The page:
It has become expected that there is a bunch of goofy stuff added to an EXC to make it quiet. Well aside from the tires, these KTMs are pretty spot on. Yes, the Continental tires are great on the road and will be OK off the pavement, but only just OK when compared to a real knobby-type tire. There is the muffler that has additional baffling but we know from experience in modifying and swapping them (for competition use of course) that the biggest change is the reduction in heat from the whole exhaust system and even the engine will run a little cooler.
The trick to all of this is the ingenious use of a reed valve in the air box boot called the Velocity Focused Intake. It cuts a significant amount of noise and most would think it is limiting. But this part was being tested by the race team for power before it was ever considered for sound and we would not be surprised to see it make it’s way onto competition bikes soon. In use it does not let noise back out but also makes the pressures in the intake tract more consistent allowing a better tuning of the fuel mapping. Especially in trailing throttle situations. These bikes never backfired or popped one bit, a huge annoyance on the older bikes that took lots of tuning to make go away.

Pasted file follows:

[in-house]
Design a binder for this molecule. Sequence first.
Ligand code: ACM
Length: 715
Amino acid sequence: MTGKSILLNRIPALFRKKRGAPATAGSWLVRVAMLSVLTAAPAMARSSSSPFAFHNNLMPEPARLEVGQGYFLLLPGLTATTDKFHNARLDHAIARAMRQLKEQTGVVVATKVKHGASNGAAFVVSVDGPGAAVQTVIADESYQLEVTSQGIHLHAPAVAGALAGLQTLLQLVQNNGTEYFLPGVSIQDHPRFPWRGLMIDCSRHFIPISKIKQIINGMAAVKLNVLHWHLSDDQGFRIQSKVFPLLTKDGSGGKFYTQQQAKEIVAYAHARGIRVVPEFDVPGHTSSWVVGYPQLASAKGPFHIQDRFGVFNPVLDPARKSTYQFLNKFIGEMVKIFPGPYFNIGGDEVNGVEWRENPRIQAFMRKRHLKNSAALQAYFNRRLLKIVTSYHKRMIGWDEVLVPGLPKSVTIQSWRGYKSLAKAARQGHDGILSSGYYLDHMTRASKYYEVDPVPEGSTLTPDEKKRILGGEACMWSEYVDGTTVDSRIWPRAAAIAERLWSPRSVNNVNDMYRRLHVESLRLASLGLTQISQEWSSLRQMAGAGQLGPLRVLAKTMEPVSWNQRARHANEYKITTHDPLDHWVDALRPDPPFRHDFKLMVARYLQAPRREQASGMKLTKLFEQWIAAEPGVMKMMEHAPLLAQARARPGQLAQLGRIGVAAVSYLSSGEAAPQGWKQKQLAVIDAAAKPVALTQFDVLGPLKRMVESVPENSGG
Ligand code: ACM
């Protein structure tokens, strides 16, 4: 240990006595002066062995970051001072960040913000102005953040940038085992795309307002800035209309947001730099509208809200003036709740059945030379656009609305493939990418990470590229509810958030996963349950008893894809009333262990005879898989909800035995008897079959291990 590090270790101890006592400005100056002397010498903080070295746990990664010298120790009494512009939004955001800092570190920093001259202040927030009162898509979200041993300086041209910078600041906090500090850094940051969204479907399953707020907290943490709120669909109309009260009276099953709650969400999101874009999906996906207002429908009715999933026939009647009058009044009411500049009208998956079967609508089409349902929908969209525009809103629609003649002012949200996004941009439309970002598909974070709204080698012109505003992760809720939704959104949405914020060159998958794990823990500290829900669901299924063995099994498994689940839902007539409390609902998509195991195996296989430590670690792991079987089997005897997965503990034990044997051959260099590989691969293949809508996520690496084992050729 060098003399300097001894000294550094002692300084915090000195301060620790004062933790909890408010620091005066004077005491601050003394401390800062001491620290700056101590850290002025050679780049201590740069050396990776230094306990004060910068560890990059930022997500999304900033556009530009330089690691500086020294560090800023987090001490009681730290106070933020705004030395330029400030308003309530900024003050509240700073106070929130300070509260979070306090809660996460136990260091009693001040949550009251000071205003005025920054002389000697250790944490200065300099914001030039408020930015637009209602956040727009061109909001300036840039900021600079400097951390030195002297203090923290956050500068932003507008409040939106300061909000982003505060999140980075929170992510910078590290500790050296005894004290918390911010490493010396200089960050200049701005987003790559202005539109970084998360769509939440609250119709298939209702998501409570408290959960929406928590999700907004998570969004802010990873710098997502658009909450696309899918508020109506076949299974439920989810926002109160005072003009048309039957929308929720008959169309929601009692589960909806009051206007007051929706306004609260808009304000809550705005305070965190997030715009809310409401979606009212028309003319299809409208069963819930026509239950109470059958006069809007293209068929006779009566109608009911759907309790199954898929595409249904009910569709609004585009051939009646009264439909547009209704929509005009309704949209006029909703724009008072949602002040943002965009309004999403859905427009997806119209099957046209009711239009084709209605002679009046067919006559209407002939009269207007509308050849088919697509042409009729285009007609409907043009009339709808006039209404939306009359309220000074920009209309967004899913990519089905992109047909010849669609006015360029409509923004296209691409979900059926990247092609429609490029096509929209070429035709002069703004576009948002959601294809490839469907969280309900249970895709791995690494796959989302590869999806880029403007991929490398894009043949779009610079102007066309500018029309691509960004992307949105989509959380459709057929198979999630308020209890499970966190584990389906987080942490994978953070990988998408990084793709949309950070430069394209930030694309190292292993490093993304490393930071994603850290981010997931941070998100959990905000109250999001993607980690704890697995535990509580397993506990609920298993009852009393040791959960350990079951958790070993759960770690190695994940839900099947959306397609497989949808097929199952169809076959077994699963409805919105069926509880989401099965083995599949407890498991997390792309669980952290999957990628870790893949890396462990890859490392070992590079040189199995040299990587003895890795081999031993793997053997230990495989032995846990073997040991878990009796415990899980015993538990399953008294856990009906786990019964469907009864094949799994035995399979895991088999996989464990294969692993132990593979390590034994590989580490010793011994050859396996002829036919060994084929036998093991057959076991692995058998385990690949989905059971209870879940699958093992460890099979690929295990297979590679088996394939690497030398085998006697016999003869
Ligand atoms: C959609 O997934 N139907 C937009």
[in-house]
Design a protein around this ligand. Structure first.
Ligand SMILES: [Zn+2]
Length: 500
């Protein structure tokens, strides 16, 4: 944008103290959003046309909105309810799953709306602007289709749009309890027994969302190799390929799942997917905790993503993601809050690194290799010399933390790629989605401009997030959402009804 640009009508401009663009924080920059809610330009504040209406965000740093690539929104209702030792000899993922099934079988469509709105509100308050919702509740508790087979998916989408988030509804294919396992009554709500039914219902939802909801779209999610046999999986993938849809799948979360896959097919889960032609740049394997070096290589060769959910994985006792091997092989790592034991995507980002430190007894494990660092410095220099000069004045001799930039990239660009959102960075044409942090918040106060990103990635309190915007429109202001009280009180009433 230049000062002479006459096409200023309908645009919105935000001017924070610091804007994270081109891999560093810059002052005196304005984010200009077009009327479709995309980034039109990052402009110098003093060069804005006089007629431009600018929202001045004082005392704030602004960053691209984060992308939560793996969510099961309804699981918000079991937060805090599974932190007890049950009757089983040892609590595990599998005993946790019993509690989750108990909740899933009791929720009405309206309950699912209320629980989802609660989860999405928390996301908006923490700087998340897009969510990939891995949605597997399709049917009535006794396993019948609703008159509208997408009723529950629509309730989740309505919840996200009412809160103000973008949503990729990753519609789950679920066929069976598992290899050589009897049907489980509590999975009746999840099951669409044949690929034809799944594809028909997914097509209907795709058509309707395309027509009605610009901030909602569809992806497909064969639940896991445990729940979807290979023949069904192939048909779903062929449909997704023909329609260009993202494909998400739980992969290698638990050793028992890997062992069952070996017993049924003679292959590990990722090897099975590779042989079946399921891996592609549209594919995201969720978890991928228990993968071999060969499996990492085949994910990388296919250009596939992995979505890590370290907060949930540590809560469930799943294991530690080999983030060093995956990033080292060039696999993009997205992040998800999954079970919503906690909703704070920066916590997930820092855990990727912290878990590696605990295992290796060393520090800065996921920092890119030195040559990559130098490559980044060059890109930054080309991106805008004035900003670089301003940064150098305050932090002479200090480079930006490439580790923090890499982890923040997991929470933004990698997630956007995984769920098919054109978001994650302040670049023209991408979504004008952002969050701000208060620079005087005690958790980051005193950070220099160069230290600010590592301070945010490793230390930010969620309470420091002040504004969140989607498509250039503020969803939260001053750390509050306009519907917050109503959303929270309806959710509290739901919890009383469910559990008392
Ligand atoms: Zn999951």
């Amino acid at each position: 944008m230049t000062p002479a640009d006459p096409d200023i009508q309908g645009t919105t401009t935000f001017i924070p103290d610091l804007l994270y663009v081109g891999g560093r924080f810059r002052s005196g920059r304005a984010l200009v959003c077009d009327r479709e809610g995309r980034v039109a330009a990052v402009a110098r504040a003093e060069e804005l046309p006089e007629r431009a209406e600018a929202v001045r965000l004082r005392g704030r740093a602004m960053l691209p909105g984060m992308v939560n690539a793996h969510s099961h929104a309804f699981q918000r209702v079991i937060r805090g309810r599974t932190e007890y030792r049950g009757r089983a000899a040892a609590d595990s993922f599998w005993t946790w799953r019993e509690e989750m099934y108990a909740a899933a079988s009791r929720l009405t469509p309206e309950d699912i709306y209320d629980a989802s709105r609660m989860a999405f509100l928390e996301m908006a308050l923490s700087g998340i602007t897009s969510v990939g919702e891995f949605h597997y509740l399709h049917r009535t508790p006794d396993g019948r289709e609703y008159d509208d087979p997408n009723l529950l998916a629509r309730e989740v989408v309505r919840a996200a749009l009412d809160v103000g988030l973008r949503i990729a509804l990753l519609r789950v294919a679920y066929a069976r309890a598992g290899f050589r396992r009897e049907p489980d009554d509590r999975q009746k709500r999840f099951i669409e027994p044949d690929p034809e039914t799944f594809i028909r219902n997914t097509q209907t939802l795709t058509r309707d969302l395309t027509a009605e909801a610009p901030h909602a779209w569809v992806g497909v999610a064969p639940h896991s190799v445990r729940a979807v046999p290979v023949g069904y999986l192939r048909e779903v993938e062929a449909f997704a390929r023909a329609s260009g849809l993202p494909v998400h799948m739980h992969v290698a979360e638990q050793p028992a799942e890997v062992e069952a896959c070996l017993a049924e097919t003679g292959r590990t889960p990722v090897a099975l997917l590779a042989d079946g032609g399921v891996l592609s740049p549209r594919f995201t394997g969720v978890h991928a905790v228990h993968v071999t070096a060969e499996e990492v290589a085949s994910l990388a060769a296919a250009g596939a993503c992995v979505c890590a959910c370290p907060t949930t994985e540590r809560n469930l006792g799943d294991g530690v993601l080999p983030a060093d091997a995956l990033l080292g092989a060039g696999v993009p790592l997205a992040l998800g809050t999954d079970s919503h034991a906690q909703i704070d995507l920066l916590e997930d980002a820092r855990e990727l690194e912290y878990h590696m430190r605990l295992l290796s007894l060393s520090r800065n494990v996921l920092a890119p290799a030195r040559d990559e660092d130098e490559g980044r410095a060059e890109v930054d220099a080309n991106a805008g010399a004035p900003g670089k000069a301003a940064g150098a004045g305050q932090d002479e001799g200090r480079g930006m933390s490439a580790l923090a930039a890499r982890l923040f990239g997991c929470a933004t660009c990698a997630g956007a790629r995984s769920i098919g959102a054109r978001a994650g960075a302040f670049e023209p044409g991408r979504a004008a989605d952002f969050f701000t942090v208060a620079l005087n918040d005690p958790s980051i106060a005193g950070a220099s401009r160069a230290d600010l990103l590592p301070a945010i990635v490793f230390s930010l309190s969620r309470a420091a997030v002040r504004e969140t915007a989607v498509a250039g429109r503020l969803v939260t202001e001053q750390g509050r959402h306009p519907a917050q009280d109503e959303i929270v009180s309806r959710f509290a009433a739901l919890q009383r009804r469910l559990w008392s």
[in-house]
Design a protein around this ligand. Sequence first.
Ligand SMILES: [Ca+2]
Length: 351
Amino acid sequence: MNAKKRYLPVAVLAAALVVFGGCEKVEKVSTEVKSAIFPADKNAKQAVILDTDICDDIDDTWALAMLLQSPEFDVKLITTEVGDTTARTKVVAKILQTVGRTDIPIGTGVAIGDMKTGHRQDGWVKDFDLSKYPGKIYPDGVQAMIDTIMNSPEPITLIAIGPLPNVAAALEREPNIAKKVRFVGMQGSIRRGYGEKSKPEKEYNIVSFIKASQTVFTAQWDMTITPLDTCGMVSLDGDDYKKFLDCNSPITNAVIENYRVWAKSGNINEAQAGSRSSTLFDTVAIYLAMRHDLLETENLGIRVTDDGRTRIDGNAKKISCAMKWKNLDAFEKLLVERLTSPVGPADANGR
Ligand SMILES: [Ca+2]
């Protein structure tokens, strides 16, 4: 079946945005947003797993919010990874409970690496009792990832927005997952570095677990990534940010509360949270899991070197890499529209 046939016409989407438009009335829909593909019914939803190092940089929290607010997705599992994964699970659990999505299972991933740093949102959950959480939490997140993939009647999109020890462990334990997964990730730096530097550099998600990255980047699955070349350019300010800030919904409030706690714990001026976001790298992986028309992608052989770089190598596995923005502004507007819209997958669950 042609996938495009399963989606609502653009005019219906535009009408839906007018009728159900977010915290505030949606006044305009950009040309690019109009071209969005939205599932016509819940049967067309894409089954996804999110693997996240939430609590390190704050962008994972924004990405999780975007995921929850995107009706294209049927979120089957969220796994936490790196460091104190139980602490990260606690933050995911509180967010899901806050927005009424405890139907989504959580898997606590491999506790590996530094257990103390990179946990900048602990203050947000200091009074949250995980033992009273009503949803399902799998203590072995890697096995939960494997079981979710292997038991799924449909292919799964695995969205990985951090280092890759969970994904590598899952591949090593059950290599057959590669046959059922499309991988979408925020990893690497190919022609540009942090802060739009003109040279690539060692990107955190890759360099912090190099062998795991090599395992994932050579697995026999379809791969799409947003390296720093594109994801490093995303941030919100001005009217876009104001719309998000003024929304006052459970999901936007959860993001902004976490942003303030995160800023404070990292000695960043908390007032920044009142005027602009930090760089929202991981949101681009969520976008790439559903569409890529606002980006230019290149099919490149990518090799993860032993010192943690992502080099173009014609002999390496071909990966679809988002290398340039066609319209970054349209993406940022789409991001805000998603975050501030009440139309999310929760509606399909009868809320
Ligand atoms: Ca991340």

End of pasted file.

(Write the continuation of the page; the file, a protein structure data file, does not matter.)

So where are all the emissions parts? Tucked into the frame downtube so you can’t even see them anymore.
If there is one thing that you might need to change it would be the rear license plate bracket. An easy fix would be to take a link out of the chain to move the rear away from the flapping part. This use to be a common thing but the 2013-2016 EXCs did not need any modification here.
Lighter, a lot lighter.
These bikes (350, 500) are close to 15 pounds lighter than the bikes they replaced, putting them in the weight category of motocross bikes. Pounds are shaved off of every part and the overall is pretty impressive. So much so that the bikes feel lighter in just moving them around. When running, the rotational stuff is lighter and changed so the bikes have a lighter feel all the time and especially when revving. We had an older 500 along on our ride and it was very obvious, especially in the tight stuff.
The biggest difference in the way the three EXCs feel is in the weight, as you’d expect. The 350, in the middle, is exceedingly light and flickable but using it as a base it is surprising how much lighter the 250 feels. For comparison, the new 500 feels a lot more like an older 350 in weight feel. It still gains some mass when you get on the gas, but when you get aggressive the bike holds onto a lot more of the agile and light feel than in the past. Our bikes have accessory plastic skid plates attached to them. The new frame has inserts in it for skid plate mounting and with light bikes choose skid plates wisely as that mounting can change the way the bikes handle.